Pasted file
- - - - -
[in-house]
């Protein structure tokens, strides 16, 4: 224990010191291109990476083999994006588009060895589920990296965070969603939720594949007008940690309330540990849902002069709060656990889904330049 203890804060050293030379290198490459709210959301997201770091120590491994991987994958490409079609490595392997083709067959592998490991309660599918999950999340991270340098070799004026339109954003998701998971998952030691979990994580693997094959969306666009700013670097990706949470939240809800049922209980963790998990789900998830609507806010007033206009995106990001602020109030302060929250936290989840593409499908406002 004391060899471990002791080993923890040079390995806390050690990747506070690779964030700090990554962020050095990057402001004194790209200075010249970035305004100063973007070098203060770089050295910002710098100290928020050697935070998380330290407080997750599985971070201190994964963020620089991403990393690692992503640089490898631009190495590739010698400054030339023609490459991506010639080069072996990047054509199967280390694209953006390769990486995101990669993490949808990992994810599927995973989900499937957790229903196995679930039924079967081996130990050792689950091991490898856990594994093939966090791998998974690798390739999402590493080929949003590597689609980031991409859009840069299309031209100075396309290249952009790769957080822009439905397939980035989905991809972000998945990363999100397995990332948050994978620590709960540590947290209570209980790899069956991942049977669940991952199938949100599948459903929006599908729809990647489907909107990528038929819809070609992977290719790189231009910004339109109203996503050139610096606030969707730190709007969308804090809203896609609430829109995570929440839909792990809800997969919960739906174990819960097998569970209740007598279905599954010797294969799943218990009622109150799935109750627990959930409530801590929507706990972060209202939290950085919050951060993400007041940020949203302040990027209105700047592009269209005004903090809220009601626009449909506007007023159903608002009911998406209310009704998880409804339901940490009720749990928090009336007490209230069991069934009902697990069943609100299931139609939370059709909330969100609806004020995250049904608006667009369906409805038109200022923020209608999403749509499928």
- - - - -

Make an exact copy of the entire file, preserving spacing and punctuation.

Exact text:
[in-house]
């Protein structure tokens, strides 16, 4: 224990010191291109990476083999994006588009060895589920990296965070969603939720594949007008940690309330540990849902002069709060656990889904330049 203890804060050293030379290198490459709210959301997201770091120590491994991987994958490409079609490595392997083709067959592998490991309660599918999950999340991270340098070799004026339109954003998701998971998952030691979990994580693997094959969306666009700013670097990706949470939240809800049922209980963790998990789900998830609507806010007033206009995106990001602020109030302060929250936290989840593409499908406002 004391060899471990002791080993923890040079390995806390050690990747506070690779964030700090990554962020050095990057402001004194790209200075010249970035305004100063973007070098203060770089050295910002710098100290928020050697935070998380330290407080997750599985971070201190994964963020620089991403990393690692992503640089490898631009190495590739010698400054030339023609490459991506010639080069072996990047054509199967280390694209953006390769990486995101990669993490949808990992994810599927995973989900499937957790229903196995679930039924079967081996130990050792689950091991490898856990594994093939966090791998998974690798390739999402590493080929949003590597689609980031991409859009840069299309031209100075396309290249952009790769957080822009439905397939980035989905991809972000998945990363999100397995990332948050994978620590709960540590947290209570209980790899069956991942049977669940991952199938949100599948459903929006599908729809990647489907909107990528038929819809070609992977290719790189231009910004339109109203996503050139610096606030969707730190709007969308804090809203896609609430829109995570929440839909792990809800997969919960739906174990819960097998569970209740007598279905599954010797294969799943218990009622109150799935109750627990959930409530801590929507706990972060209202939290950085919050951060993400007041940020949203302040990027209105700047592009269209005004903090809220009601626009449909506007007023159903608002009911998406209310009704998880409804339901940490009720749990928090009336007490209230069991069934009902697990069943609100299931139609939370059709909330969100609806004020995250049904608006667009369906409805038109200022923020209608999403749509499928």